Entertainment news

Hard to believe the fall is just around the corner, with football and Fall TV. I arrived back to Seattle from France and it felt like summer was just beginning. Then the second day back it was about 55 degrees and rainy.
The season premiere of of the second season of 24 has been set on Oct. 29, a Tuesday, at 9pm. The entire first episode will be commercial free. Maybe we'll see Jack Bauer have to use the bathroom during that episode.
Sarah Michelle Gellar likely won't sign on for season eight of Buffy, so next season's it. Good long run for Joss Whedon.
Baz Luhrman has thrown his hat into the Alexander the Great ring. He's now competing with Oliver Stone, Martin Scorsese, and Mel Gibson to be first to market with a biopic on Big Al. Very strange how everyone in Hollywood is always converging on the same ideas. I can guarantee that if there are four movies on Alexander the Great, not all four will succeed.

Stupid Stupid Stupid Human!

Aaaaaaaaaaaa! So I lug my camera and my big 80-200mm lens over to France for the Tour. The last time I used my camera, I was at a wedding, and it was dark, so I decided to shoot my 400 speed black and white film at 800 and then push process it later. Well, being the idiot I am, I didn't bother checking the rating when I loaded new film in France during the Tour. I shot two rolls of Provia 100F at 800 speed and the slides all came out predictably underexposed. Noonan!
I think it's partially Nikon's fault for not flashing an alert or resetting the speed when a new roll of film is loaded. Damn!
Fortunately, my one good shot of Lance was shot on 400 speed film. Everyone in the camp was so impressed watching me with my giant lens, lens hood, and monopod, running back and forth across the street to get angles on the incoming cyclists. They're going to have a good laugh at this one.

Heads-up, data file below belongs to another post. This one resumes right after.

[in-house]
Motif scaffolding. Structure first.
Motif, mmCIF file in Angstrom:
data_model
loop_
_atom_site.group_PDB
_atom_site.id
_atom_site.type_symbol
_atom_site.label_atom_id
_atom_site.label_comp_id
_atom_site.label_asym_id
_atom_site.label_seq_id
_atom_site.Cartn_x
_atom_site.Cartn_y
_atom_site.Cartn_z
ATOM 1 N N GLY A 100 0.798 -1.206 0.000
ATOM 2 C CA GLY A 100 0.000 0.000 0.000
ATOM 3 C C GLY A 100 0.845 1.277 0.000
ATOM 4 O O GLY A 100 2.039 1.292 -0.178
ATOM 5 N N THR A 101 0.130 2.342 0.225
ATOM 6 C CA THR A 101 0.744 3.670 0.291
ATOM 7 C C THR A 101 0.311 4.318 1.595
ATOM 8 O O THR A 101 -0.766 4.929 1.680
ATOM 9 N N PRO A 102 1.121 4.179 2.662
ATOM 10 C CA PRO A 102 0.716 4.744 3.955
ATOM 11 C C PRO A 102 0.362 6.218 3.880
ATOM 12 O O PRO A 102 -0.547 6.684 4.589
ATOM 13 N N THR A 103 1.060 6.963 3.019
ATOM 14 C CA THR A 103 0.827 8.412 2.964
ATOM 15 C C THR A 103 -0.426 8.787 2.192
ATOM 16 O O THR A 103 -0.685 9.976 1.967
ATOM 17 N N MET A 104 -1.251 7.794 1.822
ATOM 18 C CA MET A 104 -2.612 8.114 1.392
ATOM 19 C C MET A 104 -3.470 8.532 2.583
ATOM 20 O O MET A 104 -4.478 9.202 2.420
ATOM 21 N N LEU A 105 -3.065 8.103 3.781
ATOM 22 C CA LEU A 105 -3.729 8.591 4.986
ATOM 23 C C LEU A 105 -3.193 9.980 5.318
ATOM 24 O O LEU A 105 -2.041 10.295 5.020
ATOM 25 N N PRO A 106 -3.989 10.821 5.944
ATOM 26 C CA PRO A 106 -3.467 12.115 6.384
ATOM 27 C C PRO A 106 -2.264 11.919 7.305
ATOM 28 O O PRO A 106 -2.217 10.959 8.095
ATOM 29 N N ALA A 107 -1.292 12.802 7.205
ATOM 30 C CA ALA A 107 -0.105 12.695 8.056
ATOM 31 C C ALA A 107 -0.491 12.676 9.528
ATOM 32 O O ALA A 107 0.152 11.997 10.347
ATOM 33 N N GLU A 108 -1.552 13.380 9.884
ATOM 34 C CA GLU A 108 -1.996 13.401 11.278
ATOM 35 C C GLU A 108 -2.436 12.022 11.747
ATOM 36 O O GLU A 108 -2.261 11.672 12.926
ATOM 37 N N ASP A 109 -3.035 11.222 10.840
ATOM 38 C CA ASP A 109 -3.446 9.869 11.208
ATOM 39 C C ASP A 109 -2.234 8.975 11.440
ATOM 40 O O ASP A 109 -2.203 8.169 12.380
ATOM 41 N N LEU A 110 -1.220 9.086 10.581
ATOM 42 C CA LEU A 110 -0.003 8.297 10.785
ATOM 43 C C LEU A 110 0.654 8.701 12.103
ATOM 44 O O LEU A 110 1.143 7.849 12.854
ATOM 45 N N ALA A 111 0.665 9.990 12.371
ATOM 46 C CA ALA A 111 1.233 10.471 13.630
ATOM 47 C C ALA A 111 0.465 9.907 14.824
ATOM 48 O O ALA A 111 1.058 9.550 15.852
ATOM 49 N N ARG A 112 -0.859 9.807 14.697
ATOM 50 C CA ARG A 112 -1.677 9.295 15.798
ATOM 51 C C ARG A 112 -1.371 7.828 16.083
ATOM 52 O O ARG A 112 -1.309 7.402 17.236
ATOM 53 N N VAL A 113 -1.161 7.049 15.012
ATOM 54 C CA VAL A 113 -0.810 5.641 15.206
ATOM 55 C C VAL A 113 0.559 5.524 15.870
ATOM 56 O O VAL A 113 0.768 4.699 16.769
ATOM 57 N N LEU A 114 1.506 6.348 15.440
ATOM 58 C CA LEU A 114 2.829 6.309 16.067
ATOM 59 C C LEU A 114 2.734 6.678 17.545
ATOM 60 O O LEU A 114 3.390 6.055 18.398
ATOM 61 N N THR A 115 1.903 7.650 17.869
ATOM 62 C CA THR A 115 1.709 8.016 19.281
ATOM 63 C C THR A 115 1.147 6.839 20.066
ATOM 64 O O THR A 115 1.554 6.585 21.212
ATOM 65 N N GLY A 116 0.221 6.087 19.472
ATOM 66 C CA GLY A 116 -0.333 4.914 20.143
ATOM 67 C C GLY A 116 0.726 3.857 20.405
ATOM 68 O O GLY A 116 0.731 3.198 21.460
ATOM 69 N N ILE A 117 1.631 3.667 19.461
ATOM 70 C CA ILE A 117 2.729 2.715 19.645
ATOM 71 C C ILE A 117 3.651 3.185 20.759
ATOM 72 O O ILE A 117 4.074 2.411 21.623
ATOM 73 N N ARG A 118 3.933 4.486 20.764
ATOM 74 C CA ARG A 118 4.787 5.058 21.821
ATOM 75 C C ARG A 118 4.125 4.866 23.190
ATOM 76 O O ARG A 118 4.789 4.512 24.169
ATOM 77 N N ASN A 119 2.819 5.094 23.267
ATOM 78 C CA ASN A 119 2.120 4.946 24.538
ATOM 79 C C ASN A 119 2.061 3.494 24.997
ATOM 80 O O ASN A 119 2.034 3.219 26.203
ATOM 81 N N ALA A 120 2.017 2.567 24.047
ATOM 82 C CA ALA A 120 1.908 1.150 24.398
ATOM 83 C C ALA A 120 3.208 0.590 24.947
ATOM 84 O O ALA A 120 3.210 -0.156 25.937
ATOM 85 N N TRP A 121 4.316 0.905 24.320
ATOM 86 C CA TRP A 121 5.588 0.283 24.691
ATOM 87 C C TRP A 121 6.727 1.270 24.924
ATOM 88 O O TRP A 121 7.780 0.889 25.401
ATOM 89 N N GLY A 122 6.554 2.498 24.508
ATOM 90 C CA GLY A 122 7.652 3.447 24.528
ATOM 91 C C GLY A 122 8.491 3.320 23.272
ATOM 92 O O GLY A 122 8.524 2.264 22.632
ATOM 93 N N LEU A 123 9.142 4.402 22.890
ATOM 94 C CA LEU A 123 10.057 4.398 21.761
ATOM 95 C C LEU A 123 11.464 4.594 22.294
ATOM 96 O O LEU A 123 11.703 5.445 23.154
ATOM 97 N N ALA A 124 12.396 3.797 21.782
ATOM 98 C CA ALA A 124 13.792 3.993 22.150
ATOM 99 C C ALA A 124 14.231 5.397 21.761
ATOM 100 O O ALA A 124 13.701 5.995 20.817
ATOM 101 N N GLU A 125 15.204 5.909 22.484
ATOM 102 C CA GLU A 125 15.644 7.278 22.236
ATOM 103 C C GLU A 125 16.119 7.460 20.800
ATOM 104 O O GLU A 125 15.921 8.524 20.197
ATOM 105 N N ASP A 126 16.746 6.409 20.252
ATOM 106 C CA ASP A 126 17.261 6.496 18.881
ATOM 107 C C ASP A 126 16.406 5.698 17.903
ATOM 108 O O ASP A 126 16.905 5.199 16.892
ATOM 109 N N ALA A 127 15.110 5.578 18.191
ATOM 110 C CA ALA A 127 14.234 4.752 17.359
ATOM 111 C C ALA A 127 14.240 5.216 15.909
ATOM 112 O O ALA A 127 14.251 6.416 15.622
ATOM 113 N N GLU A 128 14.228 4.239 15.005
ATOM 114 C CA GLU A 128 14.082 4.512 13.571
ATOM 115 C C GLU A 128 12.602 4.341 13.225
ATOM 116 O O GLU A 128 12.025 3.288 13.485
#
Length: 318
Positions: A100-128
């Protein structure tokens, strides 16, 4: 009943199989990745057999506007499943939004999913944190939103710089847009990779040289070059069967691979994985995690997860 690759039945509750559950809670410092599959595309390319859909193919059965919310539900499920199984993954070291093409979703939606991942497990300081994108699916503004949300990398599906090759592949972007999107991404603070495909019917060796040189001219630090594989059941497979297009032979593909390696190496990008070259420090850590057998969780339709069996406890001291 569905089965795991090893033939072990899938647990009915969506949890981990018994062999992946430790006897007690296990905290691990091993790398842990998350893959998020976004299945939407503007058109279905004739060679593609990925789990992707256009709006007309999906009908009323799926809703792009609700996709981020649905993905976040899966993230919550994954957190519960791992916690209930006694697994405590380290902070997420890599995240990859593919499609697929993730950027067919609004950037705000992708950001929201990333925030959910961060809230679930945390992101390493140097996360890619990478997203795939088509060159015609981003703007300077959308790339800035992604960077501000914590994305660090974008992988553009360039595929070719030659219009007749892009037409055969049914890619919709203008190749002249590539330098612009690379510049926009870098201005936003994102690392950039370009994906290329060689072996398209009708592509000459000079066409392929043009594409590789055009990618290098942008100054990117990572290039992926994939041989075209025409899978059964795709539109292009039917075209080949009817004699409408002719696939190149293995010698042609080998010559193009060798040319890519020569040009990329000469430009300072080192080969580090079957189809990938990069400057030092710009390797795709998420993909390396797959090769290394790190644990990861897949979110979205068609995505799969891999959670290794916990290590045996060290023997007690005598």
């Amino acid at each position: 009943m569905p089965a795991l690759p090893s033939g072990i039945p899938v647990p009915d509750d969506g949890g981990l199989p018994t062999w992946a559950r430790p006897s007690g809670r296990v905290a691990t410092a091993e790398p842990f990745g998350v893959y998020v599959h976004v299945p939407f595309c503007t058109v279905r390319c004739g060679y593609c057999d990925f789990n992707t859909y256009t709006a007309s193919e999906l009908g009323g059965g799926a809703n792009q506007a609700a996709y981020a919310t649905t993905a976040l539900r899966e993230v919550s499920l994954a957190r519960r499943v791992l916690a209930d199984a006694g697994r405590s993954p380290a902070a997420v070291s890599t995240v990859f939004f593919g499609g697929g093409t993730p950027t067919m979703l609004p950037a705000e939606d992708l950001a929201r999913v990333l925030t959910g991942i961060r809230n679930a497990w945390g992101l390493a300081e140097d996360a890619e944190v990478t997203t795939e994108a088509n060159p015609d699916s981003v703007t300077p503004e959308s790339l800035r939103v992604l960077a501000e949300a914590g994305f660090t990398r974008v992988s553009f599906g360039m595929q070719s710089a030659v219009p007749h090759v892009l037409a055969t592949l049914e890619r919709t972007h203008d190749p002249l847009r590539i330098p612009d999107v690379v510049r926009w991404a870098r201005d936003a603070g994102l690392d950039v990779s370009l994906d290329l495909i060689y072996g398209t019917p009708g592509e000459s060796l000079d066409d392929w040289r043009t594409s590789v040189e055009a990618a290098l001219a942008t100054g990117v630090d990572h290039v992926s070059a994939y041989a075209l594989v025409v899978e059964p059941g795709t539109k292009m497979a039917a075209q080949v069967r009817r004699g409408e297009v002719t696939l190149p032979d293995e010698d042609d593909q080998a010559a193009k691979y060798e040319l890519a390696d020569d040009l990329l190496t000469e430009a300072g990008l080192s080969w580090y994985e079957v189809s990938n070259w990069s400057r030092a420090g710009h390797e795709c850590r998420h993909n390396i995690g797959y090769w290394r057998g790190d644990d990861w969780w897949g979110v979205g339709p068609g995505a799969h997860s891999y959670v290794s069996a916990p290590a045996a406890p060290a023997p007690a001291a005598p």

Best of the streaming music services

Listen.com's Rhapsody online music subscription service is supposedly the best out there. Their musical catalog is impressive, and you can play an unlimited number of tracks each month, but you're limited to burning ten tracks a month. That means most of your music listening still has to occur at your computer. Not my preferred mode of listening to music.
Pressplay finally unveiled unlimited downloads and streams for $14.95 per month.
All these services are inching their way towards usefulness, which makes it somewhat more palatable that the file-sharing services online are crippled. Still, lots of problems remain. The quality of downloaded streams is not CD quality, only 128kbps for Pressplay, for example, and streams are just at 96kbps for customers with the fastest online connections. That's weak, and insufficient for music like classical or jazz which counts lots of audiophiles among its audience.
These services try as hard as possible to not tread on the turf of CD sales, and that's their downfall.